Even though my chronic illness and disability are technically two different things, I’m finding many similarities. I’m also finding that it’s often hard to know if a symptom is because of the disability, the chronic illness, a side effect of treatment, or something new that needs to be checked out. And in my own strange way, I feel like I have some level of understanding of both “sides” of life with disability that I mentioned at the beginning. I have the big stuff I grew up with and it’s the only life I’ve known. But I now also have experience with that life-changing event that forever altered how I live and view the world around me.

Looking forward

What does this dual experience give me? I believe God is still working on that with me. I do think it’s helped me see the world through other people’s eyes a little bit and helped me better understand misconceptions and prejudices surrounding health issues. Yes, I’m including my own prejudice in that category. I think it’s also taught me to focus on what’s really important and learn it’s OK to say “no.” When you only have so much energy, you learn to prioritize pretty darn quick!

Something I keep asking myself as I write this is, “why?” Why write this article? What am I helping? Am I just using this as an outlet to complain? Perhaps I did just need a few moments to process my thoughts on paper. But I can’t help but think there are more of you out there who feel like you have to silently suffer through your grief and frustrations.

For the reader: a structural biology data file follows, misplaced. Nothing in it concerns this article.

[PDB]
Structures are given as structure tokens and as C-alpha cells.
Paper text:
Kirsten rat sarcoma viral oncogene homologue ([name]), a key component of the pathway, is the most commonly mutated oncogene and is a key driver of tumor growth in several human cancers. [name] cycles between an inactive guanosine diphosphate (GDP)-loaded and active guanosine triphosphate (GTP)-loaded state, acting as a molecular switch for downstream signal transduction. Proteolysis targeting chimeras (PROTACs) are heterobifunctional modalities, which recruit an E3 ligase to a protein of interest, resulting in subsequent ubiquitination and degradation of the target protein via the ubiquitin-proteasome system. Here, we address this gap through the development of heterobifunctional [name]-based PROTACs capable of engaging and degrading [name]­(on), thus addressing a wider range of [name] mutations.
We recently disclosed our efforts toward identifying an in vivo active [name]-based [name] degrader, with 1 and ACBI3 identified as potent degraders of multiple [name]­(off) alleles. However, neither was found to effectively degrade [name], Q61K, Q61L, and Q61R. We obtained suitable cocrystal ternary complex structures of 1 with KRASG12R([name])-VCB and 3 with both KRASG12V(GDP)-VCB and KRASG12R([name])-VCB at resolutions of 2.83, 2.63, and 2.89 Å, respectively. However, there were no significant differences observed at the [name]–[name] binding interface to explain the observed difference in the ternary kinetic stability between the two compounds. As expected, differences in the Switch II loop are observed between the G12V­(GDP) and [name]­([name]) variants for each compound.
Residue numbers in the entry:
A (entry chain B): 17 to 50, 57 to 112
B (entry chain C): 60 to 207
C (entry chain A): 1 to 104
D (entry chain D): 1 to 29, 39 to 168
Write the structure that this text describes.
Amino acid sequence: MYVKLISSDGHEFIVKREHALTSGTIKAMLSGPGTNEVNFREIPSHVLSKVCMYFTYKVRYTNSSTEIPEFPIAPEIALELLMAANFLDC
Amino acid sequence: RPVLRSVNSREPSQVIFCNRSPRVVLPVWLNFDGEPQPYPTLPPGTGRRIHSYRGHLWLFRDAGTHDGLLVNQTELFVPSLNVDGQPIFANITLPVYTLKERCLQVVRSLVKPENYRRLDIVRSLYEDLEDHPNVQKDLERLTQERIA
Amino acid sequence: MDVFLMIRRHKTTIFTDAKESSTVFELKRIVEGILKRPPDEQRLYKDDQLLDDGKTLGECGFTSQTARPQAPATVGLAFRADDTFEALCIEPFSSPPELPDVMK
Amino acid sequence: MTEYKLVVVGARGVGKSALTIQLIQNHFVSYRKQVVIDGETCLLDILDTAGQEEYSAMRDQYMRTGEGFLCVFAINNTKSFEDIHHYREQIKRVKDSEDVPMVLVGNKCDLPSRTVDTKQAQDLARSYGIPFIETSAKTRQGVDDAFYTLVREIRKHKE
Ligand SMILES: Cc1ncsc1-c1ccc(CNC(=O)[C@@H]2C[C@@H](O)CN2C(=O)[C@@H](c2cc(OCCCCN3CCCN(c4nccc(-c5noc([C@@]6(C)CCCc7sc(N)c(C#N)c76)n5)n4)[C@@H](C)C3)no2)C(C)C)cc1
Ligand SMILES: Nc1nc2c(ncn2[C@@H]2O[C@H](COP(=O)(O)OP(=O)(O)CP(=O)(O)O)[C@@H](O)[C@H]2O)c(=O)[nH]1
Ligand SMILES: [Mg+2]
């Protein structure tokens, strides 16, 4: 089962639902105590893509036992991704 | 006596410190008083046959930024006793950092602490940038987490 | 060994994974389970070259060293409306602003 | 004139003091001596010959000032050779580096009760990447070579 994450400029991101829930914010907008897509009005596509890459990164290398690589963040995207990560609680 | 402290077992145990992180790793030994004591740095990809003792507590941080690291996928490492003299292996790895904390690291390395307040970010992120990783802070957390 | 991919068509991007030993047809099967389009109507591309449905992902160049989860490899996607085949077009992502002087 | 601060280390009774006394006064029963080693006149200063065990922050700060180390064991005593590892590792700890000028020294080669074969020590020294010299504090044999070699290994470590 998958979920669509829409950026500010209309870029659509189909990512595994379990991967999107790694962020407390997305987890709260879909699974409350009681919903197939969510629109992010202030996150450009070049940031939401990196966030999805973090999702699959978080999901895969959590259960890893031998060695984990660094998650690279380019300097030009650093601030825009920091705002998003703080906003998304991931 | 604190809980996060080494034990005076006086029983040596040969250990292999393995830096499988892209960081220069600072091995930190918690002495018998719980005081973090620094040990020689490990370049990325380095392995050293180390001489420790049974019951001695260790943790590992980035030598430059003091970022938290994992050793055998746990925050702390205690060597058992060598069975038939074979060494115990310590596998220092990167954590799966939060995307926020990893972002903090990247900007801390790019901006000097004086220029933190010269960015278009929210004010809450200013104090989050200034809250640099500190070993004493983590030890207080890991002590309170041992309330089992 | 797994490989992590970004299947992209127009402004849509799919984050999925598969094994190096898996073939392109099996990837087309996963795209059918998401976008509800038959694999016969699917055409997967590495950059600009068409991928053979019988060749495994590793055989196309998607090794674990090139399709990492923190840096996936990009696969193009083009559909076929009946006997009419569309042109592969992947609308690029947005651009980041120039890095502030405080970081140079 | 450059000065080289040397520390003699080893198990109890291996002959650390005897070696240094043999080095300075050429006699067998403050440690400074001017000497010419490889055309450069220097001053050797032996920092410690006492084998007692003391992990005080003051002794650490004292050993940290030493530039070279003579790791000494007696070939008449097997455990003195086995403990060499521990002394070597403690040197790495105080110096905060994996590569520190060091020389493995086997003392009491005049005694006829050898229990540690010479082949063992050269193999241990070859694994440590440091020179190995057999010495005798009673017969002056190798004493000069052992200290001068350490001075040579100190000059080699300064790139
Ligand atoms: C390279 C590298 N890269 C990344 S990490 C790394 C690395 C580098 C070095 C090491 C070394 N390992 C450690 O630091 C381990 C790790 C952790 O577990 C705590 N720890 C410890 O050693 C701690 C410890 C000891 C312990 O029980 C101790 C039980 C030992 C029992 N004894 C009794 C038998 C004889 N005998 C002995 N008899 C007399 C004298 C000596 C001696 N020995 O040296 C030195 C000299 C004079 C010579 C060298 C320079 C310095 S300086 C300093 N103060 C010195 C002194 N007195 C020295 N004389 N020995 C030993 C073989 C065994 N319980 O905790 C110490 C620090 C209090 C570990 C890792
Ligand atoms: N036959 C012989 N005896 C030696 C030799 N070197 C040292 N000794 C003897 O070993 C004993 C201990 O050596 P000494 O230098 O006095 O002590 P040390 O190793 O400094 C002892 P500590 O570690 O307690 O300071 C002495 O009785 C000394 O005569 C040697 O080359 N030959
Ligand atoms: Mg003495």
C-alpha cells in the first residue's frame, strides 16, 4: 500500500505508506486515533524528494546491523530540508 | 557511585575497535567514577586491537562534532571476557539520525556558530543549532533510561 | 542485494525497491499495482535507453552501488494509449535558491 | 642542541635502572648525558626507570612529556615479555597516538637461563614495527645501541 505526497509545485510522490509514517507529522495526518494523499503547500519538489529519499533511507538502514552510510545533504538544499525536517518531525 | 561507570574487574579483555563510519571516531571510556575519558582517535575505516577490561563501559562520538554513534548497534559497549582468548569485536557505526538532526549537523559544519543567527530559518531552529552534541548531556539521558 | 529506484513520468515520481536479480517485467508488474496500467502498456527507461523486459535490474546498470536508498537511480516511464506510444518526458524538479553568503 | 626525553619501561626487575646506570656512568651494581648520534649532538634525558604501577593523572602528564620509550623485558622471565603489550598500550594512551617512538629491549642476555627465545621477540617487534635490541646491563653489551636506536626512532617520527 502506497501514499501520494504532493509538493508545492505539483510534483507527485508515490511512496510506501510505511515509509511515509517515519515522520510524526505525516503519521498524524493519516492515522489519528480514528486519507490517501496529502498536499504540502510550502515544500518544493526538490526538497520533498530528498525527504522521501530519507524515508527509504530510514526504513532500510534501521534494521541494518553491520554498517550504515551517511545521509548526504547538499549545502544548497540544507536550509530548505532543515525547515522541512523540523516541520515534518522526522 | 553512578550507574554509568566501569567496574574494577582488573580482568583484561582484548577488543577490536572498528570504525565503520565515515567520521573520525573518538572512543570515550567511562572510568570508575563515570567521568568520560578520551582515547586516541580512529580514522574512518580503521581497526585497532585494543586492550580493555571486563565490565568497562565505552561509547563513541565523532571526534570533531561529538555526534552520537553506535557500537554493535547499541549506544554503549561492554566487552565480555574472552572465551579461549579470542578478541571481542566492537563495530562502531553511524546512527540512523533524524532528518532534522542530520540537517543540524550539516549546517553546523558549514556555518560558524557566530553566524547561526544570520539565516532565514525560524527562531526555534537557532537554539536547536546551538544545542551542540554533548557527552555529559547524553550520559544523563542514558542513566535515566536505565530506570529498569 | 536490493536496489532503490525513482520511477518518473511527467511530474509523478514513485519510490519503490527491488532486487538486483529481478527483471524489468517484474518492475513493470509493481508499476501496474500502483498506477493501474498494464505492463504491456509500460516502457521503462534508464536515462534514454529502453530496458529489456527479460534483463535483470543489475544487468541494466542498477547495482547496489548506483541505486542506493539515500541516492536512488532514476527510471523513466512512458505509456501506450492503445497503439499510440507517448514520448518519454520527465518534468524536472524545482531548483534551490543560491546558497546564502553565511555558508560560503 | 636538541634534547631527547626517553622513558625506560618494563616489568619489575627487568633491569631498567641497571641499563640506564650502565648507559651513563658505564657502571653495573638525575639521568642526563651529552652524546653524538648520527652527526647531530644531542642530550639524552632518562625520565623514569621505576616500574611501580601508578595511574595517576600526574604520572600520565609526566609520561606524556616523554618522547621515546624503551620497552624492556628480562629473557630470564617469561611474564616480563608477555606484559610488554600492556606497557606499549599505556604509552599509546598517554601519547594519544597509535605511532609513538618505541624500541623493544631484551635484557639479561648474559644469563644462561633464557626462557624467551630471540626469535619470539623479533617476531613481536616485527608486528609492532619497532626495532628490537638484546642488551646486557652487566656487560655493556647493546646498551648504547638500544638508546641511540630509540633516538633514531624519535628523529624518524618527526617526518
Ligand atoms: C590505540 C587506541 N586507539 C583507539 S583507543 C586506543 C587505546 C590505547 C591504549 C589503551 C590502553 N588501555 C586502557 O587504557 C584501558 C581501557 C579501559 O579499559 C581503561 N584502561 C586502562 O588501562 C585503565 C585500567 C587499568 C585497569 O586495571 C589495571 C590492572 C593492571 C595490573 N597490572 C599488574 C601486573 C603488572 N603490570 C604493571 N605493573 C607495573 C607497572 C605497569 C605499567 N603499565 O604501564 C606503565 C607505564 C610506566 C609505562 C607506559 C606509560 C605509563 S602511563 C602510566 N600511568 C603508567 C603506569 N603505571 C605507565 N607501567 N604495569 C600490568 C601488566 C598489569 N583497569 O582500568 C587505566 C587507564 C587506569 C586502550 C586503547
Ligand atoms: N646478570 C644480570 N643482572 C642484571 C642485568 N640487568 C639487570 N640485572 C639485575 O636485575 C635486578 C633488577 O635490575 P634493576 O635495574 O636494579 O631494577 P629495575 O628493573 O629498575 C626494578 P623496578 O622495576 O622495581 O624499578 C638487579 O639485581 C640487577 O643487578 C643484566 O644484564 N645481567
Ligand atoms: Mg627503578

I can’t help but think I’m not alone in the world I’m finding myself in living with both a birth defect and major chronic illnesses. If this has resonated with you, even if your circumstances are different from mine, please know someone sees you. Someone out there knows a taste of what you’re grieving over. I don’t know what else to do except to choose joy, find solace in my faith, and allow myself to grieve when I need to. I can only hope my newfound experience helps shine a light in the darkness for others.

Getty image by Apeyron.

Originally published: May 12, 2019